Home-grown Special

Given that most people around the world can grow bananas and most can keep hens or quail for eggs (if you can keep a cat or a dog, you can find a way to keep quail). Imagine growing and cooking pancakes from your own garden on your home-fuelled stove.

Green Banana Great Cooking

Bananas, green or yellow, make a great flour.  In addition, it is gluten-free and full of nutrients. Real Banana Pancakes are super easy. Basically use two eggs for each banana and add milks or spices to your tasting.

Use It or Share It

In our warm temperate permaculture garden we have designed some micro-climates that the bananas love. And best of all our bananas ripen in winter! Winter is usually a lean time our food forest so this abundance is enjoyed. We have thousands of bananas which we readily share. but now we know how to use up the green banana, we can enjoy more of the crop.

The other abundant crop here in winter is from the Rocoto Chilli trees.  No typical western recipe springs to mind to combine these two delicious resources. Green Banana + chillis = Cayeye and Cabeza de Gato (Colombian Mashed Green Plantain) with home-made Salsa on the side. Yum.

Green Bananas of any variety can substitute for plantain in most recipes. If you want a quick and yummy snack, you can make green banana crisps. simply slice the green banana, salt it then fry it.  This fast food will keep for weeks because it dries out crisp as it cools.  Alternatively, you can dry your bananas in a solar dryer.

Want A Banana Beer With Your Banana Fries?

The passionate and experienced researcher, Bruce French, has studied the amazing array of produce from rare and under-appreciated food plants. Before you get into the beer, find out more about the benefits of a range of banana ferments.

There are many recipes out there for banana beers. Most use a cereal crop such as maize to get it going, but anything once living will ferment. If you are keen to make pure banana beer beware it just may take a few conventional beers prior to get the stamina to like it.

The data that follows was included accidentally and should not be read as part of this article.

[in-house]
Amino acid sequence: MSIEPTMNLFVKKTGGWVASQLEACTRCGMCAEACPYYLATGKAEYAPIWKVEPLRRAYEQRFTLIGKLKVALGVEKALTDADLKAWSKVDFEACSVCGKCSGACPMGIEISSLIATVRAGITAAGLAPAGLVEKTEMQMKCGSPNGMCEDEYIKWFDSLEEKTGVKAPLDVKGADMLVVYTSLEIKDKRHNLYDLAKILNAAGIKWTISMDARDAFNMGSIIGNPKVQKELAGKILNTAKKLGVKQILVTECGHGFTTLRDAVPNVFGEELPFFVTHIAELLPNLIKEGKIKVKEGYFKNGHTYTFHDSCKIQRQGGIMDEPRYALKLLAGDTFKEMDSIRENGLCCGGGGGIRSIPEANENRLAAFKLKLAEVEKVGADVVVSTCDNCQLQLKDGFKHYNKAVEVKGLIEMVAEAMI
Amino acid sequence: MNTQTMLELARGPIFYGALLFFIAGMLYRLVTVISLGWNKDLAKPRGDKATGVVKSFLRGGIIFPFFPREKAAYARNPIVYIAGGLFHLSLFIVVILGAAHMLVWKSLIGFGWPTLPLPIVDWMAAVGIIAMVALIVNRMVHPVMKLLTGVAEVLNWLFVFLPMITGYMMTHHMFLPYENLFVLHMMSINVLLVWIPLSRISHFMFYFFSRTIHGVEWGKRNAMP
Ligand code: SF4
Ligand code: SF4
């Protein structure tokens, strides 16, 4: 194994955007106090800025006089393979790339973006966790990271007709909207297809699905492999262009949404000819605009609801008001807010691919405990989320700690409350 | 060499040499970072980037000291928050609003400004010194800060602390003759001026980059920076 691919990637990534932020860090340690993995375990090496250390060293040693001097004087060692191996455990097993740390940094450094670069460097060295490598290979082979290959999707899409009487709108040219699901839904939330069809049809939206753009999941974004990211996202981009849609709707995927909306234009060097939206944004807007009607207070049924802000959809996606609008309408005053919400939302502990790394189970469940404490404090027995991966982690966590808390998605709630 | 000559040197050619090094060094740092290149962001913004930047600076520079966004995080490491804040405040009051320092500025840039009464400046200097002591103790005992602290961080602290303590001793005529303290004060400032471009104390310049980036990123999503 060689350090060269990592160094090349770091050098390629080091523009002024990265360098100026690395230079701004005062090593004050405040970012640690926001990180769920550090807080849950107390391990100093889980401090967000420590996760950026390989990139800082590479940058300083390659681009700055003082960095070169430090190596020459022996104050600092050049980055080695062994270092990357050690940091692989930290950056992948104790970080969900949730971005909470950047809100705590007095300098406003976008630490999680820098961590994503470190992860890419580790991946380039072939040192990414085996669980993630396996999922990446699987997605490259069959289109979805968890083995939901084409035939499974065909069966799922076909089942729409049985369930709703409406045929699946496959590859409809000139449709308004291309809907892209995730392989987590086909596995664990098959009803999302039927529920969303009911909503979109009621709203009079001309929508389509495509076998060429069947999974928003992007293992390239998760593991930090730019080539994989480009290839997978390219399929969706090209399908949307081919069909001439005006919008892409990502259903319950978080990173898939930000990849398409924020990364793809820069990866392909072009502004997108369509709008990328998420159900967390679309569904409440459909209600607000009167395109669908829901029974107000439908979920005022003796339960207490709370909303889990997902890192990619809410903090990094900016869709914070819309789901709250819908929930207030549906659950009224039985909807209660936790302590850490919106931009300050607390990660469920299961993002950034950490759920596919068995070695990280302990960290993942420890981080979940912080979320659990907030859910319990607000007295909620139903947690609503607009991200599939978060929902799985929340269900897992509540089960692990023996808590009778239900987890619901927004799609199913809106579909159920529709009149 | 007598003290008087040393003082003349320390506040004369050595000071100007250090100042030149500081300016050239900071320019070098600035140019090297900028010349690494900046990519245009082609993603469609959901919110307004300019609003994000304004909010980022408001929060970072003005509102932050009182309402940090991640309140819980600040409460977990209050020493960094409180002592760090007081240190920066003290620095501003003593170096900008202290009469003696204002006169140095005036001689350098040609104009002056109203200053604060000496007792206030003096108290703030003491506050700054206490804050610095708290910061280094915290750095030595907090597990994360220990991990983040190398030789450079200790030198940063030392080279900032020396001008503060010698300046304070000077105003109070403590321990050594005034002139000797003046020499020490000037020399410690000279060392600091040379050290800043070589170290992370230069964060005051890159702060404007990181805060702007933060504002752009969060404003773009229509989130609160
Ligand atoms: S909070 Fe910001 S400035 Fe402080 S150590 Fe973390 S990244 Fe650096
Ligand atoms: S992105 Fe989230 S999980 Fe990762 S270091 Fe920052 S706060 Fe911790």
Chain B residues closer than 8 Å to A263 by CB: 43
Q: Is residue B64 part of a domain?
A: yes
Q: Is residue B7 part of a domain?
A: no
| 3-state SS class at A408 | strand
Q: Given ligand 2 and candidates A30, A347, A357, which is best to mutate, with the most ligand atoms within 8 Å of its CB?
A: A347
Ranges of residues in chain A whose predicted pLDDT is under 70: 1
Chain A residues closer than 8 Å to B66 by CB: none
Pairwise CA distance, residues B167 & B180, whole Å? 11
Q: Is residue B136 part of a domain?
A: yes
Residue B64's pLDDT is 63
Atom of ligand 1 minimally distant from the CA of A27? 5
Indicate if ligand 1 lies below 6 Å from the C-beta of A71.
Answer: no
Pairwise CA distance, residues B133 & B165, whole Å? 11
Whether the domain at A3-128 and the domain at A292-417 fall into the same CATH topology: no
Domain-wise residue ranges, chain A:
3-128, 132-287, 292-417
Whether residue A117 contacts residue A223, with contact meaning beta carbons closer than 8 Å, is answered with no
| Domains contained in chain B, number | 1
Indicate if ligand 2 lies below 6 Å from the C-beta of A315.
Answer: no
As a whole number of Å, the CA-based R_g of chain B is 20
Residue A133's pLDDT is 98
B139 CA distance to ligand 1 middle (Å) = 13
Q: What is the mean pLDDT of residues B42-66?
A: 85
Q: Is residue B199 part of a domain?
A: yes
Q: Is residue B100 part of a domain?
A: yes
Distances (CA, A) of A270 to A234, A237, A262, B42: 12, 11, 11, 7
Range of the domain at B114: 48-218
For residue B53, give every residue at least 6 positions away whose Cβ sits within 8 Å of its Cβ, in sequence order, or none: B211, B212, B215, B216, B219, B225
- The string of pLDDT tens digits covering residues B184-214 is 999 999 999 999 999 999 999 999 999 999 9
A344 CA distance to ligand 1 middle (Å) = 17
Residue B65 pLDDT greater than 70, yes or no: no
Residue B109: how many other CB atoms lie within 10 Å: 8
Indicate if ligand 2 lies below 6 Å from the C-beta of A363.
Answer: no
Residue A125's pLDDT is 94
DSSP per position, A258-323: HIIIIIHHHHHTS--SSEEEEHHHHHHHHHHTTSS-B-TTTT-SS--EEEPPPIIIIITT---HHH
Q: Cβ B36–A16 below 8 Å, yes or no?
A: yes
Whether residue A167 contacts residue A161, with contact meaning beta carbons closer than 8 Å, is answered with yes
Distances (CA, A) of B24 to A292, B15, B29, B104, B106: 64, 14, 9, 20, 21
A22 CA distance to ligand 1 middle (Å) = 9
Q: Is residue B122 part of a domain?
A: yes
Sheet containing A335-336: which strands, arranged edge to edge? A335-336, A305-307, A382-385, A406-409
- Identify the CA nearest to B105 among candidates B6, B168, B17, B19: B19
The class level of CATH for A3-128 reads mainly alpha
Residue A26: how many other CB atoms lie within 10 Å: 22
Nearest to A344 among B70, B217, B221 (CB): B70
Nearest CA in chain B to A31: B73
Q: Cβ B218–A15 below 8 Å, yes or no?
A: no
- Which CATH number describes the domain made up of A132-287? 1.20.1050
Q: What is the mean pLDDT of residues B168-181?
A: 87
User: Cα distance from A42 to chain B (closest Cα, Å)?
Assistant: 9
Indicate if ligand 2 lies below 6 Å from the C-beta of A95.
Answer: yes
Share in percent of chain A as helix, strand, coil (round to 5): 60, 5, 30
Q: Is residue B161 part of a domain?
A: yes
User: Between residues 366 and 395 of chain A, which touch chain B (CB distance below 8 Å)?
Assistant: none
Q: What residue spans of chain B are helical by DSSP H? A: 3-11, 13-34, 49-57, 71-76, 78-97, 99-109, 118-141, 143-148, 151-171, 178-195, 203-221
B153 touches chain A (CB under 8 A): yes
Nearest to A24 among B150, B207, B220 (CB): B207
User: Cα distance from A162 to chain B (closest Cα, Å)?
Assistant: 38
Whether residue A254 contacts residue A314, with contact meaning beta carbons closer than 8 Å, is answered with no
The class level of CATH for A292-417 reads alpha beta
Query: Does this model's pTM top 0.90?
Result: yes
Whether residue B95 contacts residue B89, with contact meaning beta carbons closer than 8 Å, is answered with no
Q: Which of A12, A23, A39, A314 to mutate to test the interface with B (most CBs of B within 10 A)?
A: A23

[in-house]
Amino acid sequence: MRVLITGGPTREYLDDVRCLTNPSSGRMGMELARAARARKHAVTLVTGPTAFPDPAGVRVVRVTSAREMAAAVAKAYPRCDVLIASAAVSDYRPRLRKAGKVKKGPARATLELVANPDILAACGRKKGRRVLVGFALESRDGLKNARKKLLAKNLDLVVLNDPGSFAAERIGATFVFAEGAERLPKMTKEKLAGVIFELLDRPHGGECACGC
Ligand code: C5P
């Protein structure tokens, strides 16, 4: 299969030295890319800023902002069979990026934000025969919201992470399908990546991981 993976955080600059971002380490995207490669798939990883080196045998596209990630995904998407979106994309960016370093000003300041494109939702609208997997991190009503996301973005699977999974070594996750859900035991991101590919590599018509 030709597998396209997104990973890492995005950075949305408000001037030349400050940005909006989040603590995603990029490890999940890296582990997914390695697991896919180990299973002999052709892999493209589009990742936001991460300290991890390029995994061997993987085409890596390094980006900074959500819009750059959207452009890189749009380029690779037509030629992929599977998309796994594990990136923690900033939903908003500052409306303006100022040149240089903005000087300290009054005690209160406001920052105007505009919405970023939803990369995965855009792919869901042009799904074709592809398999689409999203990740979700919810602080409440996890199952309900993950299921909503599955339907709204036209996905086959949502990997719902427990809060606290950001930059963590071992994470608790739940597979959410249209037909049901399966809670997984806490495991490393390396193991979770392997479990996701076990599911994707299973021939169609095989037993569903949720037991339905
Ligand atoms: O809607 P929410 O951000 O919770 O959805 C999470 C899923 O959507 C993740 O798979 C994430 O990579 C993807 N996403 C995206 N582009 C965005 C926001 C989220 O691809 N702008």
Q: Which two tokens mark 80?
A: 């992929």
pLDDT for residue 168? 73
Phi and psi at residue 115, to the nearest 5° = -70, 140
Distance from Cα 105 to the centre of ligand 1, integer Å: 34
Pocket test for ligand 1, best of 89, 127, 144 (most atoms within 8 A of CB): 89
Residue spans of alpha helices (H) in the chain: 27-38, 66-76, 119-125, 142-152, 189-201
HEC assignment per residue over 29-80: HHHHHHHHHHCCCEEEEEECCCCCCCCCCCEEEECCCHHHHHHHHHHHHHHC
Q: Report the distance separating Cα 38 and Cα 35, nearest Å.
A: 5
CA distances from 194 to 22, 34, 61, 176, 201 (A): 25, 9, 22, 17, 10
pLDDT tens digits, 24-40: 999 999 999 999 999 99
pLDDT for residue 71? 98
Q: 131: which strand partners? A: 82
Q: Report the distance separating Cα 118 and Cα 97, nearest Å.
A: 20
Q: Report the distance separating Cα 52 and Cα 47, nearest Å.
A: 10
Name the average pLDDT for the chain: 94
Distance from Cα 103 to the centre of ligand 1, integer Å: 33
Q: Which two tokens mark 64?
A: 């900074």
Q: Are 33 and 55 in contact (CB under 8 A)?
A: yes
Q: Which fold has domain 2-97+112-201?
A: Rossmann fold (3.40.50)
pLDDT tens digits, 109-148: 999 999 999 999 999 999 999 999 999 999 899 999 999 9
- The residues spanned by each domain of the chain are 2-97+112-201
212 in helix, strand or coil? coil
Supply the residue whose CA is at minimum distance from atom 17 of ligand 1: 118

Bananas are Tough

In all honesty, in good soil and mild climates, Bananas are hard to remove. If you need to remove them simply dig up the pups to give to other people, cut the main stems with a bread-knife, cover the area with an old tarpaulin, you can cover that with mulch and potted plants for a year.

Did you know?

Did you know that the banana stool is not a tree? Bananas are a herb. In fact, it is the tallest flowering herb.

Bananas are more than just a lunchtime companion. Every part of the banana is useful. For permaculture designs, the banana is a great erosion stabliser, good to grow on fast eroding banks and in gullies and shallow or intermittent water courses to slow the water down. They have a tendency to travel slowly over the years because the new pups need to grow in the shelter of their parent. Each mature banana stool will only fruit once so you can chop it down and feed it to the poultry, or a worm farm, use it as mulch or garden edge. With some practice you can cut tall fruiting stems whilst keeping the stem vertical. This way,  the bunch is not damaged as you chop. This also means you don’t need a ladder to access a big bunch.

Design To Exclude Wind

The biggest thing that will limit your crop is wind. Wind rips at their leaves, reduces the local moisture available to their roots and can spread disease. Bananas love sun-traps. In your permaculture design, sun-traps have multiple functions.

Sadly, the main threat to commercial Bananas worldwide is disease. So, check that you are not violating agricultural restrictions. These restrictions are there to limit the spread of disease.  The modern banana was predicted to become extinct by 2020, but we can all help turn that around by choosing unusual, organic and less than perfect varieties when we shop. Diversity is the key to our resilience.

And Wait, There’s More!

Nothing need go to waste from a banana plant. The leaves can be used for fencing, temporary roofing, bedding in the hen house, even as a compostable umbrella. Many people cook foods in the leaves and big leaves are a beautiful throw-away platter.  It is also possible to make paper out of the banana fibers. This video shows a school girl making banana paper.

Learn how to design your permaculture world.

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‘Imagineering a better future’

 Why a course in Imagineering?